Whereupon, Resolved, That the United States in Congress assembled, highly approve the pious and laudable undertaking of Mr. Aitken, as subservient to the interest of religion as well as an instance of the progress of arts in this country, and being satisfied of the care and accuracy in the execution of the work, they recommend this edition of the Bible to the inhabitants of the United States, and hereby authorise him to publish this recommendation in the manner he shall think proper.
Now these words do appear in the Aitken Bible of 1782, because Aitken thought it would be good for people to know that the Congress approved of his work. So Congress did approve of Aitken’s Bible, but they did not print it, and they did not fund it in any way. As you can see from reading the preface, the only indication of any support given to Aitken for his Bible comes from the General Assembly of the Commonwealth of Pennsylvania, and it was in the form of a loan. As Hills points out in the preface, it is not even clear that Aitken took the loan. In the end, Aitken’s own words indicate that the entire process caused him to lose 3,000 Continental Dollars.
So Barton is wrong about nearly everything he says in that section of the video. Congress did not print the Bible, and it did not recommend the Bible for use in schools. About the only thing he got right was that Congress did recommend it as accurate to the people of the United States.
Now why did I bring this up in my blog? There are really two reasons. First, I wanted to use it as an example of how critical thinking works. I would love for it to be true that Congress printed a Bible and recommended it for use in schools. Thus, when I first heard what he was saying, I really wanted to believe it. However, since I was bothered by a couple of nagging details, I decided to look into it a bit. When I did, I found that it was simply false. So the next time you hear something that seems to confirm what you want to believe, it is best to check its accuracy before you end up using it as evidence for your belief.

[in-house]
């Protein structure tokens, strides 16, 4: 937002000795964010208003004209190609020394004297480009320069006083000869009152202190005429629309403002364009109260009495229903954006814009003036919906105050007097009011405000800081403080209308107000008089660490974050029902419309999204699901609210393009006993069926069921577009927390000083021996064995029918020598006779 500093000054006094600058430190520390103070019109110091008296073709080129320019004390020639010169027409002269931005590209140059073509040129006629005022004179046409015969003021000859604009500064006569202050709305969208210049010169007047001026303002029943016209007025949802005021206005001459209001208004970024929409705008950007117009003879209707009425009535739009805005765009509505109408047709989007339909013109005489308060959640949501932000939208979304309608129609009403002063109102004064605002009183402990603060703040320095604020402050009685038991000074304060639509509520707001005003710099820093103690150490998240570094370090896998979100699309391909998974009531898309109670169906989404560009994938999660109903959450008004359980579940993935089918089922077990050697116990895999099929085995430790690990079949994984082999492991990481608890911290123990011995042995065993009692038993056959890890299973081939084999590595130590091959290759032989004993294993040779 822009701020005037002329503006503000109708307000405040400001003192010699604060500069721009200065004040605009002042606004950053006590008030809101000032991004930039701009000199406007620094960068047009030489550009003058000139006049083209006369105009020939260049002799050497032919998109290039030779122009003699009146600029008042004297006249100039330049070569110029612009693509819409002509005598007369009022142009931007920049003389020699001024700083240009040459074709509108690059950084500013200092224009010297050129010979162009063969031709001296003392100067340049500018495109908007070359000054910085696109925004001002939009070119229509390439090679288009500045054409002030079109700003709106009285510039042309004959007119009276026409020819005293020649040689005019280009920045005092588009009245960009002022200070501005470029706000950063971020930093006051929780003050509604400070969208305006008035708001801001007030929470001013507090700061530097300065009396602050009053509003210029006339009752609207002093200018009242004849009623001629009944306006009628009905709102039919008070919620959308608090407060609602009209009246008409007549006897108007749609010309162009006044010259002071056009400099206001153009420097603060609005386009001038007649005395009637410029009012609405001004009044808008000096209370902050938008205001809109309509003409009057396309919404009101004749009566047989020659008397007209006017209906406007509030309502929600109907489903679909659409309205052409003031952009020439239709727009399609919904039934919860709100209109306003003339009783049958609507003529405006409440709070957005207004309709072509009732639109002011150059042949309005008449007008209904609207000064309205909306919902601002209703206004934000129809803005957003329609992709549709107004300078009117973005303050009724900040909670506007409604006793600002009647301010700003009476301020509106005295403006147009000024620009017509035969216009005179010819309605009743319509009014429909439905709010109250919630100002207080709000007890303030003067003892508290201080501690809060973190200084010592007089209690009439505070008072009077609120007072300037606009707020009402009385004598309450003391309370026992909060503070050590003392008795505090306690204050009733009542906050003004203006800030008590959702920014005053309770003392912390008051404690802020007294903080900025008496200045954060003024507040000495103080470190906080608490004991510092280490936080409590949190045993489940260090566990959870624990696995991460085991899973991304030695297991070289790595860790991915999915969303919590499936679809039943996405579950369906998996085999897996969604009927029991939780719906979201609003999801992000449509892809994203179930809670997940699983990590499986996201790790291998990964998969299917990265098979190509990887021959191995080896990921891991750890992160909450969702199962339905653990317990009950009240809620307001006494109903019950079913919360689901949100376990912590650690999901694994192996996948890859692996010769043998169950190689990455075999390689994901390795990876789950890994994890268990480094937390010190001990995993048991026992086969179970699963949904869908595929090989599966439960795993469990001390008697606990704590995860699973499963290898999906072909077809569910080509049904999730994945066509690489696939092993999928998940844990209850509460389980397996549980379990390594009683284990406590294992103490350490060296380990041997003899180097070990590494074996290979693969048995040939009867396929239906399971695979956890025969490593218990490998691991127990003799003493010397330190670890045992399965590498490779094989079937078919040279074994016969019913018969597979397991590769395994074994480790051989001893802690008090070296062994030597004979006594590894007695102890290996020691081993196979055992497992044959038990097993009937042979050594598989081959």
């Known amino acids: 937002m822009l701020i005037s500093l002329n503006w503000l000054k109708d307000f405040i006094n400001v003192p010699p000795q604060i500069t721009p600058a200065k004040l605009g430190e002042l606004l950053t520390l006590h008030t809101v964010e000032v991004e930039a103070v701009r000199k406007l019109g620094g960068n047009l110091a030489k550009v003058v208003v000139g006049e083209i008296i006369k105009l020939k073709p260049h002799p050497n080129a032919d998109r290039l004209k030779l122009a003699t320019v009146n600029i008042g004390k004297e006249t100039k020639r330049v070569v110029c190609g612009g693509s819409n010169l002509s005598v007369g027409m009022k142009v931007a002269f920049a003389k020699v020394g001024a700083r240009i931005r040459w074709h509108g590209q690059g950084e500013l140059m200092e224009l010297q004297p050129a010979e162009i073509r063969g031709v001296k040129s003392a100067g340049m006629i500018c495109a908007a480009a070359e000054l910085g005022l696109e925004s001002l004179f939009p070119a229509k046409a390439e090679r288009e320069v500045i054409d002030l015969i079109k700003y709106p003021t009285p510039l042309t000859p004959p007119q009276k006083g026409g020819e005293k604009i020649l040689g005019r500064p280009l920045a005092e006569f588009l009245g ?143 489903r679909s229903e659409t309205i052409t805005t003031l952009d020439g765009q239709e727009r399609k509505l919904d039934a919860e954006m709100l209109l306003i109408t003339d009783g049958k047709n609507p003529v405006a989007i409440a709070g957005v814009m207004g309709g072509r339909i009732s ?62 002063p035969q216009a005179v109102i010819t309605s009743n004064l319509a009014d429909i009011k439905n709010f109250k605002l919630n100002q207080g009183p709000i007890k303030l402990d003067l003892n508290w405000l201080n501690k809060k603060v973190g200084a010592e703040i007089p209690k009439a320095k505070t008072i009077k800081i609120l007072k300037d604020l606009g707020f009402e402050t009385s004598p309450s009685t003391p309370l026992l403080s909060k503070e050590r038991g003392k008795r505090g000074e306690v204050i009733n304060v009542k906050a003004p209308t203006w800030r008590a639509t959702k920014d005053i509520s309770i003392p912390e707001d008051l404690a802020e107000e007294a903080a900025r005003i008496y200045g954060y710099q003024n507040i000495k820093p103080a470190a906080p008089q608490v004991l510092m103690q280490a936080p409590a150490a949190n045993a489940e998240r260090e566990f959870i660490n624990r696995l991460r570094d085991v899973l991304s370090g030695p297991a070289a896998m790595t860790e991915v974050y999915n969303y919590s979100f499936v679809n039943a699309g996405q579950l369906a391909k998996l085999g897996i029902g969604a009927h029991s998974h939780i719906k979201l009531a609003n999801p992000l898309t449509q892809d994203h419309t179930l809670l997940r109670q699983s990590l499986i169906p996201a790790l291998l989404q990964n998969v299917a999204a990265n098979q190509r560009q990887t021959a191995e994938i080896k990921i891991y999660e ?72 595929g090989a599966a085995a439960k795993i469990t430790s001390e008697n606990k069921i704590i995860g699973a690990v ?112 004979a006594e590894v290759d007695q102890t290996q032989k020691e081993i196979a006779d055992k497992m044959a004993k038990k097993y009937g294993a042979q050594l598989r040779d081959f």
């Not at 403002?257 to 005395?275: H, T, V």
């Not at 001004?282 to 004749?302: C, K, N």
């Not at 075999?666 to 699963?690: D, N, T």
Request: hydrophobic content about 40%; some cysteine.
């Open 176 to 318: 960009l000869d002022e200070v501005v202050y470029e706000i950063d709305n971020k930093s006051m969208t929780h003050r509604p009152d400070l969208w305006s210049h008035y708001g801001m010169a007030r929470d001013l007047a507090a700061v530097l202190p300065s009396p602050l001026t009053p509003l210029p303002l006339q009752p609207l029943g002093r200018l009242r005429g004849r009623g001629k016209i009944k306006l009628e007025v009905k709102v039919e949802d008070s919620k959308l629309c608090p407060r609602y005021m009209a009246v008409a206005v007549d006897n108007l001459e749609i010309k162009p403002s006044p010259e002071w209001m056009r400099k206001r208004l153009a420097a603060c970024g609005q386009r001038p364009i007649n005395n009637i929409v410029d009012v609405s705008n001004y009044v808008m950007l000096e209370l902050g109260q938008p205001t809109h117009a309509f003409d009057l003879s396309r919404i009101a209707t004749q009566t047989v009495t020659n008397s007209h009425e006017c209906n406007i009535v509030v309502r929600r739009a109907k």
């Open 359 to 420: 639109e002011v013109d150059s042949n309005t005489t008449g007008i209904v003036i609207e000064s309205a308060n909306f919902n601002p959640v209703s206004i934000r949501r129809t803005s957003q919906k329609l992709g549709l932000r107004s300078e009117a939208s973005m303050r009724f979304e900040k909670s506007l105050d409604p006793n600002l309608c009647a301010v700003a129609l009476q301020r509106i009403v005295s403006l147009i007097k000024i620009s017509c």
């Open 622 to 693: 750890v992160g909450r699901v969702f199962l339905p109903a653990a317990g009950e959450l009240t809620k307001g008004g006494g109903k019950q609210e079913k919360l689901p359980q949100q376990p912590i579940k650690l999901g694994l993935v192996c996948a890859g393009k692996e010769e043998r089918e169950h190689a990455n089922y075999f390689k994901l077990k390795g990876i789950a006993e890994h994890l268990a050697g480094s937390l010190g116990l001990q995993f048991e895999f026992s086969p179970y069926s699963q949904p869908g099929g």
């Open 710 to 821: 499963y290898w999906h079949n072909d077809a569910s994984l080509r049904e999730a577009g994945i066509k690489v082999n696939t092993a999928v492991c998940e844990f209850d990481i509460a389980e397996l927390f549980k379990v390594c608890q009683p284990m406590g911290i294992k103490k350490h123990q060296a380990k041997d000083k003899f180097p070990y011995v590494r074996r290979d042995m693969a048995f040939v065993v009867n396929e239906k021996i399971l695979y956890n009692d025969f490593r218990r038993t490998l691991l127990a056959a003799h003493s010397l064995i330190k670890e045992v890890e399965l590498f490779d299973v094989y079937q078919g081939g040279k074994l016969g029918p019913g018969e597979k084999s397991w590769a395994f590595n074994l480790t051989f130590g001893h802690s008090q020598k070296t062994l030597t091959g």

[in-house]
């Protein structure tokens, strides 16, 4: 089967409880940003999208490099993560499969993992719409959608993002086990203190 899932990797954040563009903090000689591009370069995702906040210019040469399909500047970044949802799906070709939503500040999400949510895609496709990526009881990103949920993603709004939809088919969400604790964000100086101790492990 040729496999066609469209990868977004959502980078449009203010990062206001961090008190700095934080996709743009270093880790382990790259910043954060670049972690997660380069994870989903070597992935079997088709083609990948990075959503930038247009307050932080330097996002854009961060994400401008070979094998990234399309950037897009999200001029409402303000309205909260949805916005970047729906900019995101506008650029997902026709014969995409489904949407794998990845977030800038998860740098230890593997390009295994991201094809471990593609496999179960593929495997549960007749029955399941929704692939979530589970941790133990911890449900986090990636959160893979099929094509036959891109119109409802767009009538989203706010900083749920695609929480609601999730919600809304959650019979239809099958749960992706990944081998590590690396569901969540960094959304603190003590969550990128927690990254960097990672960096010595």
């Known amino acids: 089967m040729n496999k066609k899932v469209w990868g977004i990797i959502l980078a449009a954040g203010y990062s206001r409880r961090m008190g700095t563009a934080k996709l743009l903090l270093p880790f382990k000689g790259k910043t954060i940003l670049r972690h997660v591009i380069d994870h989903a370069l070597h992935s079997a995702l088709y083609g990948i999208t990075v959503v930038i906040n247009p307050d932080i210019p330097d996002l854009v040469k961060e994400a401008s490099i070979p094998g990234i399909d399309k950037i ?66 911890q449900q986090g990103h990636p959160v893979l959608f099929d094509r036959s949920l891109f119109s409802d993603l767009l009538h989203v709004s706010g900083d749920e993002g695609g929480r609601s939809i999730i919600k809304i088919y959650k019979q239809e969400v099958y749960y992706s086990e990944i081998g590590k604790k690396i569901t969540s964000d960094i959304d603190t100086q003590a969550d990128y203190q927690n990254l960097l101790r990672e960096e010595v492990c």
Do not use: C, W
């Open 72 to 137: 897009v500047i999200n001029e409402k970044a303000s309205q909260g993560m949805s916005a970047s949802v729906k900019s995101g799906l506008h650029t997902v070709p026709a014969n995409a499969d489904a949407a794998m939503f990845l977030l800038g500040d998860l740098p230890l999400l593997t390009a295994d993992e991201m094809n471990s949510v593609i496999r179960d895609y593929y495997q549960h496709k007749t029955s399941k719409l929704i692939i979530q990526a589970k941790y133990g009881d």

Second, David Barton is very popular among homeschooling families. Since I am a big advocate of homeschooling, I think it is important for these families to know about this. I have not reviewed his homeschooling curriculum or his books, so I cannot speak for their accuracy. I didn’t even investigate what he said in the rest of the video. However, in this one case, comparing what he says about the Aitken Bible to what the preface of the 1968 version he was holding in his hand says, it is clear that Mr. Barton did not check his facts very carefully. I pray this is not the case with the rest of his works, but I would encourage those who use his materials to do a bit of fact-checking on their own.